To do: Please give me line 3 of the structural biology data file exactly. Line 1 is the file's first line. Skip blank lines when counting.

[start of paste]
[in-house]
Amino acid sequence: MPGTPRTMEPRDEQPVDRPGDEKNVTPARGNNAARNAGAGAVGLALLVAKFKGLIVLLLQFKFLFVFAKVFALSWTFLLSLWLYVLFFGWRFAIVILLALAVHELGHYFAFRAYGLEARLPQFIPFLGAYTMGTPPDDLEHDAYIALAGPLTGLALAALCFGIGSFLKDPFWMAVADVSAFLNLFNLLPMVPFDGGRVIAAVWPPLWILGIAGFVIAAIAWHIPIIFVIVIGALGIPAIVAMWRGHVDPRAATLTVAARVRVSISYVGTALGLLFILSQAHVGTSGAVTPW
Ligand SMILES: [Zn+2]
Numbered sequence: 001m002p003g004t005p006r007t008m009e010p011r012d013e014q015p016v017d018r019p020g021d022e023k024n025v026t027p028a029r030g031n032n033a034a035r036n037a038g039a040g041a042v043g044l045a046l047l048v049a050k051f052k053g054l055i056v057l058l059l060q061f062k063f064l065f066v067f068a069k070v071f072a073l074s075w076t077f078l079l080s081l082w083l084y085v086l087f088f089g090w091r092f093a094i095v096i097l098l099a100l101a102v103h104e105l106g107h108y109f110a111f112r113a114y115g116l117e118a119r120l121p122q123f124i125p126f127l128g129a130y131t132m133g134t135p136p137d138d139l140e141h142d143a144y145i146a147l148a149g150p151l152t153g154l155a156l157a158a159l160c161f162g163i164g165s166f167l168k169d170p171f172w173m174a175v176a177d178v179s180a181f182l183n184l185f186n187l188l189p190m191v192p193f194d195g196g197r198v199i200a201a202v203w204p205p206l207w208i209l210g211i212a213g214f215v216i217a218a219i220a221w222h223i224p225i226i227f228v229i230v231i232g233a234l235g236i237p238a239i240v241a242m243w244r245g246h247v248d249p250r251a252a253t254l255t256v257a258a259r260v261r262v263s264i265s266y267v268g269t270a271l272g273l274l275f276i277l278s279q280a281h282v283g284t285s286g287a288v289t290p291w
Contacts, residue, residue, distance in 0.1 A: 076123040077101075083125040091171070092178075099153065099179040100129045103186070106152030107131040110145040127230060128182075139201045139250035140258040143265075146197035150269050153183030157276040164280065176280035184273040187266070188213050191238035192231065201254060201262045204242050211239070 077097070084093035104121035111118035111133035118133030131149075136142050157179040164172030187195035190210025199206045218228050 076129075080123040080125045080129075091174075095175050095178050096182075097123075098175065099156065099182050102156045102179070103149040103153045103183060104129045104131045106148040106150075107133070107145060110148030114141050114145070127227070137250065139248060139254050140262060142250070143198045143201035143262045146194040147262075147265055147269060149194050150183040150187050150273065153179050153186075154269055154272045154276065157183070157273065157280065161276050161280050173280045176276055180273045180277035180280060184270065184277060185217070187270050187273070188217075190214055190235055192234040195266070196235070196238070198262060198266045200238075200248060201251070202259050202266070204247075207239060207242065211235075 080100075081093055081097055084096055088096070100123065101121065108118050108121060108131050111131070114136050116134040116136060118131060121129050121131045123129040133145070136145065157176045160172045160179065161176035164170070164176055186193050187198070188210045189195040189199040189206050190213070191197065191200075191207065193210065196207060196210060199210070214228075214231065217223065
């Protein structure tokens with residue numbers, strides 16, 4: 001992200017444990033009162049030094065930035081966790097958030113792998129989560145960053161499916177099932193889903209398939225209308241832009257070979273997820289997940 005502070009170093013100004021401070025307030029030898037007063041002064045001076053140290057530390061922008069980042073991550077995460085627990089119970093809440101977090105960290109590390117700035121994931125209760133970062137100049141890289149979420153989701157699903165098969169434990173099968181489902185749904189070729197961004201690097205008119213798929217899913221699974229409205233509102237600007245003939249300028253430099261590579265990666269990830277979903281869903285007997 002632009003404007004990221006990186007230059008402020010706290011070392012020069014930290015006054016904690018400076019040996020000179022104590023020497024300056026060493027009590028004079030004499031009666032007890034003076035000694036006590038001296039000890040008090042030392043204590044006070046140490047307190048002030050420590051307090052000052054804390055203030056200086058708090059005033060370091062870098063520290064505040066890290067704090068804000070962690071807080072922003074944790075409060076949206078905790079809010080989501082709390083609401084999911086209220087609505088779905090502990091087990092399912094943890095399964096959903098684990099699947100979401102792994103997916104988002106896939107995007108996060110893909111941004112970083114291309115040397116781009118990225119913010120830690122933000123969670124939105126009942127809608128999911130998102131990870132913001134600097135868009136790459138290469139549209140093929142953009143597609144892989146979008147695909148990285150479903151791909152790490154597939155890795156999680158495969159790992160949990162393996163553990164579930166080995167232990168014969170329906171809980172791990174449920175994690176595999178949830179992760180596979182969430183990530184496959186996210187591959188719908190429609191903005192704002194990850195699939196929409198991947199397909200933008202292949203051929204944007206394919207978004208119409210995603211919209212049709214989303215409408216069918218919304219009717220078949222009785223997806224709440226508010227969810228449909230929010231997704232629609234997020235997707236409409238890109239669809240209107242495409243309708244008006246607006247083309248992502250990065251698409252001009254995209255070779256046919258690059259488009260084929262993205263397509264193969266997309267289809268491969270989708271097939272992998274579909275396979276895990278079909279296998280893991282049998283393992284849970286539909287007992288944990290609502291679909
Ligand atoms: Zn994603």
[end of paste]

Ligand SMILES: [Zn+2]